Slovak Republic: Other capital funds

Author: | Published: 26 Jan 2018
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A part of a company's equity, other capital funds, can be defined as funds created from the contributions provided by shareholders. They are created usually when there is a need to swiftly increase the company´s equity.

Despite the fact that other capital funds have been used frequently, their creation but more importantly, distribution has been a contested issue, with differing opinions among professionals.

As of January 1 2018, new rules are in place regarding creation as well as use of other capital funds in limited liability companies and joint stock companies. Regarding the creation of other capital funds, three conditions must be met. First of all, the company´s bylaws must allow their creation, then the contribution (money or in kind) must be approved by the general meeting of shareholders, and the contribution must be fully paid up by the shareholders.

Once these conditions are fulfilled and the other capital funds are created, there comes the more important issue, which is their use. Other capital funds may either be used for increasing the basic share capital of the company or for distribution among the shareholders. Under the new legislation, the conditions for the distribution of capital funds among the shareholders are stricter than those related to their use for increasing the basic share capital of the company.

In both these cases, two basic conditions must be met. As in case of the creation of the funds, the distribution of other capital funds among the shareholders or their use for increasing the basic share capital must be allowed by the company´s by-aws and approved by the general meeting of the company's shareholders. It is arguable whether other capital funds may also be distributed to shareholders who did not contribute to their creation.

Moreover, in the case of the distribution of the other capital funds among shareholders, an announcement of the distribution and the amount of money that will be distributed must be published at least 60 days before the distribution takes place. The law does not specify where this information should be published; however, in our opinion, publication in the Commercial Gazette would be sufficient.

The new legislation also stipulates restrictions related to the distribution of other capital funds among the shareholders. In this regard, other capital funds cannot be distributed among shareholders, if the company (i) is in crisis or (ii) the distribution itself would cause the company to be in crisis. Crisis means that the company is in default or threatened by default (the value of equity compared to liabilities is below eight to 100). A company is deemed in default in two situations. The first situation is where a company has more than one creditor and the value of its liabilities exceeds the value of its assets whereby liabilities towards related parties are not taken into account (over-indebtedness). The second situation is where a company is more than 30 days late with payments of more than two monetary obligations towards more than one creditor.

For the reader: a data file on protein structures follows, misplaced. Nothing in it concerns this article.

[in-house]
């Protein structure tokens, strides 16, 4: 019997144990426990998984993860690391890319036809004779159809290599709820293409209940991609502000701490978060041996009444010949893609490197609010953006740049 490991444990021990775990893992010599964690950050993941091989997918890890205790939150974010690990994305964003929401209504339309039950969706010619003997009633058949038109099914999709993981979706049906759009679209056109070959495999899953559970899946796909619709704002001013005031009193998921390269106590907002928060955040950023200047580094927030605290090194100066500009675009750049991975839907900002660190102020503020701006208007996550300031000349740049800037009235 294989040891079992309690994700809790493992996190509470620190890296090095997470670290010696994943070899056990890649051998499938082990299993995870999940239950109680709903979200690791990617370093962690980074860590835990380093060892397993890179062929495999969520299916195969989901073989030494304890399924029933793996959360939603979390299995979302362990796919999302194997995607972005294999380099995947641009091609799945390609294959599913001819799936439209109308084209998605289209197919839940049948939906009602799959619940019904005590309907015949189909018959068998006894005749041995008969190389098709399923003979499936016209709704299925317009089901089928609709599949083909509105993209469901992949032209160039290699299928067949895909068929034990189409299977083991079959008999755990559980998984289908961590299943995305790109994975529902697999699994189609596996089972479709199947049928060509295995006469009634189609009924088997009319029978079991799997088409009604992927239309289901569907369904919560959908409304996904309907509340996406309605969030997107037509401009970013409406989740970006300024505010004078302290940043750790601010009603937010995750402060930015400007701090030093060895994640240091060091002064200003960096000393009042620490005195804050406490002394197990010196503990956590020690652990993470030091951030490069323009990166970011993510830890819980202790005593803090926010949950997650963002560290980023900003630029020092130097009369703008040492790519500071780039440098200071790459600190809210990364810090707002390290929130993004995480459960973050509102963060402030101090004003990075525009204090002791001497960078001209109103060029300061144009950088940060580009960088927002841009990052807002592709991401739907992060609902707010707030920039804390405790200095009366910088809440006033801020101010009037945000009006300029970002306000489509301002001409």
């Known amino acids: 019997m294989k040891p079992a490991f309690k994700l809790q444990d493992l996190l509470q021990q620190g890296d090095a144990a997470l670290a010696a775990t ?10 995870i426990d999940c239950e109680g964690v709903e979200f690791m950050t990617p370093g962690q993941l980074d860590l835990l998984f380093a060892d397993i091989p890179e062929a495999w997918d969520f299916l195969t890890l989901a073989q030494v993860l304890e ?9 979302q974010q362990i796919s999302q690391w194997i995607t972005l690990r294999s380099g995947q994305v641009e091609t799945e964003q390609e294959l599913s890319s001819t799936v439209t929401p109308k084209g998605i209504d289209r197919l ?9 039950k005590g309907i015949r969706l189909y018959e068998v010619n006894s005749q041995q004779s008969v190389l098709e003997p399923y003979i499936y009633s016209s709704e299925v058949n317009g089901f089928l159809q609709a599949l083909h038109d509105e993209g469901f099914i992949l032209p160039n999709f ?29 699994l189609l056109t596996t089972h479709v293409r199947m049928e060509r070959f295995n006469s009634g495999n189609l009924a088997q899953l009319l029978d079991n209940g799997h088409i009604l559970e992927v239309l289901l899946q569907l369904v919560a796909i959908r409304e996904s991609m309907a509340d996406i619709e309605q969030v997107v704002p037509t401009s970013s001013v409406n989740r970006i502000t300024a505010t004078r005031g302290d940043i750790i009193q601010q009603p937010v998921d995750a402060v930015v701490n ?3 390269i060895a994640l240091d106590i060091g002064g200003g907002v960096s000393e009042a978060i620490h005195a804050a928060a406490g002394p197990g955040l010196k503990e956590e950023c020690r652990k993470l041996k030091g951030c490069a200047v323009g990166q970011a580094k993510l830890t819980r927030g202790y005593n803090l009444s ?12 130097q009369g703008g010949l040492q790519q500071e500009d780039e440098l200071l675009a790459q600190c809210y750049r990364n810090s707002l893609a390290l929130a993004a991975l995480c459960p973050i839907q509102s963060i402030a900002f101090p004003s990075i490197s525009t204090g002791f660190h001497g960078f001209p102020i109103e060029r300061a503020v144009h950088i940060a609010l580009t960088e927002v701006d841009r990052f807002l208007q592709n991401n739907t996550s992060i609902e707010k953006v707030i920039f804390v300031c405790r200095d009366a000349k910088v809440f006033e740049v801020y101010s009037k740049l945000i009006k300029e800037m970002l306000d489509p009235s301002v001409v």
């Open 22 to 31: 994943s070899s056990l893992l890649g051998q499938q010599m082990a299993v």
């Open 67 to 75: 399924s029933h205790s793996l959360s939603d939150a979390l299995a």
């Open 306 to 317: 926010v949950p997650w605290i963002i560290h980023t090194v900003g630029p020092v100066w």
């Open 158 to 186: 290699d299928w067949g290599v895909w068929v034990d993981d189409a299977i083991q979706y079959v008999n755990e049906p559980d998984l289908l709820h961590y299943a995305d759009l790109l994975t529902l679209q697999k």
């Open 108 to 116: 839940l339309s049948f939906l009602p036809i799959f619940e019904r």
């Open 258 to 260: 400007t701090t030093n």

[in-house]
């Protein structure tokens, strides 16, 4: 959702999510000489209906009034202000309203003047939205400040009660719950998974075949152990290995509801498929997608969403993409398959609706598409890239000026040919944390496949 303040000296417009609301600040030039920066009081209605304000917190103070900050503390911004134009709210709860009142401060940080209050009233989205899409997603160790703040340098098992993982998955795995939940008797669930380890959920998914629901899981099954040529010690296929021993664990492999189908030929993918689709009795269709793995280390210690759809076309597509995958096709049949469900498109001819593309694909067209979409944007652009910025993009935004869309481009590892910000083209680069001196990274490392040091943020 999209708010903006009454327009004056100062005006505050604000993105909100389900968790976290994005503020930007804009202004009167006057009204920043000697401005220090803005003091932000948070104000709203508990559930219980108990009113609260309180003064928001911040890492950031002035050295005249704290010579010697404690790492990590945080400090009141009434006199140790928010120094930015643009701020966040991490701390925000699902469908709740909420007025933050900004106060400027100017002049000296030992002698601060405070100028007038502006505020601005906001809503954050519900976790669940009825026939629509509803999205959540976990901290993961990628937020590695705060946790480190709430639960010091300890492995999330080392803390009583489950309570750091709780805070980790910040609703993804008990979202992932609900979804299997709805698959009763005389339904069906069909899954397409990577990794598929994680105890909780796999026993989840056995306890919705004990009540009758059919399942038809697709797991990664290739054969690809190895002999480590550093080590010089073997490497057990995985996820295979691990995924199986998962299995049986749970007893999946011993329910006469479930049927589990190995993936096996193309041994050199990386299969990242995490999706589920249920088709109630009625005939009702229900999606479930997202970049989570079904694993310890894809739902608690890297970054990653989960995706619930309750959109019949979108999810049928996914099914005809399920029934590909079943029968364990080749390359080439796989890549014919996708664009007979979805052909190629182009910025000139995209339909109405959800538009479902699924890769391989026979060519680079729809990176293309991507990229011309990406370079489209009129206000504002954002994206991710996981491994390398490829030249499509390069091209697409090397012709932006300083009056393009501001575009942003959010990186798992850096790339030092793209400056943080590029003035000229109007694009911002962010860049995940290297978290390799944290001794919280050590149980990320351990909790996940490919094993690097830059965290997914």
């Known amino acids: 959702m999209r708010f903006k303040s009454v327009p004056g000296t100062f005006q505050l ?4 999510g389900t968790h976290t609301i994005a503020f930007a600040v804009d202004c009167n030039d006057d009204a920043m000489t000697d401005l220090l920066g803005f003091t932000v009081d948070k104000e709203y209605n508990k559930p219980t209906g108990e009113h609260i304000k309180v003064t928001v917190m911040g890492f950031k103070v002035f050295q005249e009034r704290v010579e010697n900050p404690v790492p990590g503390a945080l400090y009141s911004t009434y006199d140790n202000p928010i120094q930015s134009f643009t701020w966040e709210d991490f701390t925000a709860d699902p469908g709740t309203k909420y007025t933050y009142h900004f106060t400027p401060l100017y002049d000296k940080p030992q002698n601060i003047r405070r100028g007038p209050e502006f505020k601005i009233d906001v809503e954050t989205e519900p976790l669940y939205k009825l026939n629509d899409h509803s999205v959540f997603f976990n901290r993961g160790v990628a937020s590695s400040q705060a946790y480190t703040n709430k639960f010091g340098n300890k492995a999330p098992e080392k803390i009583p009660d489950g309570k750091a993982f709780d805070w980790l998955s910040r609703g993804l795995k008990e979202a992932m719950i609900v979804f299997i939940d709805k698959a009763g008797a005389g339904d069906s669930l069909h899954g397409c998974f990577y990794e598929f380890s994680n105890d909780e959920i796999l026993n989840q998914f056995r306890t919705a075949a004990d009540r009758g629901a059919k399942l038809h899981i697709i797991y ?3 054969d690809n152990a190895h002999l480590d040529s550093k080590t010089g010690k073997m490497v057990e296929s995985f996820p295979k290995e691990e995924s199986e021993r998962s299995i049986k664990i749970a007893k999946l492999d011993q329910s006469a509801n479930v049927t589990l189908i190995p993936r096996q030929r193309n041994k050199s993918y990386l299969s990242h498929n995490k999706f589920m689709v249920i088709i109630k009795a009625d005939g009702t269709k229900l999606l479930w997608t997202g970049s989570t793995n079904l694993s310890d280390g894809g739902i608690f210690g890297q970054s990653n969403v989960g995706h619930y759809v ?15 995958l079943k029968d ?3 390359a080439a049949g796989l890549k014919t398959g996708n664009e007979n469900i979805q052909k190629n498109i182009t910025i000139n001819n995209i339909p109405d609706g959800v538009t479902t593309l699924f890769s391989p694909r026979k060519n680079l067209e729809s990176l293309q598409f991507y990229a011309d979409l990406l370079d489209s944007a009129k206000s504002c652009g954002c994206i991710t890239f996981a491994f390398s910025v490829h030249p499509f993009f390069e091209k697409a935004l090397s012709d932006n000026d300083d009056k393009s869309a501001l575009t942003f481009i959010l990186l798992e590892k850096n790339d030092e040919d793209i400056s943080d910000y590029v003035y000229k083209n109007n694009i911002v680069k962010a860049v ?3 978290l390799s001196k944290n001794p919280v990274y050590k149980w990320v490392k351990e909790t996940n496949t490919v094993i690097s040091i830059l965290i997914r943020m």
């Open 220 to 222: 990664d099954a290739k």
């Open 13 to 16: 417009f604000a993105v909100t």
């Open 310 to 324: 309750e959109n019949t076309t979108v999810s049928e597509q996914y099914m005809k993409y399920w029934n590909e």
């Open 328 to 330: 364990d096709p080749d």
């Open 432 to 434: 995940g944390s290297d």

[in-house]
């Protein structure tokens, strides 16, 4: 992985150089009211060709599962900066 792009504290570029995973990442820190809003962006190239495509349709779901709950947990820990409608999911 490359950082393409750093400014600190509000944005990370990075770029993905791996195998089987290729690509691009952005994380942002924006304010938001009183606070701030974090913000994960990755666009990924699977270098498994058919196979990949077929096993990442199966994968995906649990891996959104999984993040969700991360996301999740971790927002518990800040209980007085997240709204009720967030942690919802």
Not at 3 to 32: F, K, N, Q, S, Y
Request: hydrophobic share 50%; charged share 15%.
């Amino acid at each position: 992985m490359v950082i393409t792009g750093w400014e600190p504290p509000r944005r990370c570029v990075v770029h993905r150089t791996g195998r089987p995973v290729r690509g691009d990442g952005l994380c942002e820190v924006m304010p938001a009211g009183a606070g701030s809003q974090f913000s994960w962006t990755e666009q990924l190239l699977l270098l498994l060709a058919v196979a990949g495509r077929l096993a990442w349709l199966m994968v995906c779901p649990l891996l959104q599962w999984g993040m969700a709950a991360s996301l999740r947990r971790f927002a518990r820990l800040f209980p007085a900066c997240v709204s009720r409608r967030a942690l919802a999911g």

Furthermore, other capital funds cannot be distributed in cases where the company´s equity is, or after the distribution would be, less than (i) the share capital, (ii) the unpaid share capital, (iii) the legal reserve fund, and, (iv) other funds which, according to law or the by-laws, cannot be paid out to the shareholders.

In cases where all the above-mentioned rules related to distribution of the other capital funds have not been adhered to and the shareholders have accepted the distribution while acting contrary to good faith, in principle, they are obliged to return the money. Shareholders can only avoid returning the money if they can prove that they accepted it in good faith.

The obligation of the shareholders to return money cannot be waived by the company. Moreover, the executives of the company guarantee the return of the distributed capital funds to the company. This guarantee applies to the executives who were performing their corporate function when the capital funds were distributed. However, it also applies to executives who began performing their function after the capital distribution occurred but did not enforce the return of the funds if it can be shown that, given the circumstances, they knew or could have been aware of the obligation to enforce the return of the distributed capital funds. Basically, this means that if the company is not able to recover the unlawfully distributed capital funds from the shareholders themselves, the money may be recovered from the responsible executives.

Please note that the new rules do not apply to other capital funds which were created before January 1 2018; for those other capital funds, the old rules will continue to apply.


Rudolf Sivák Lenka Paluchová




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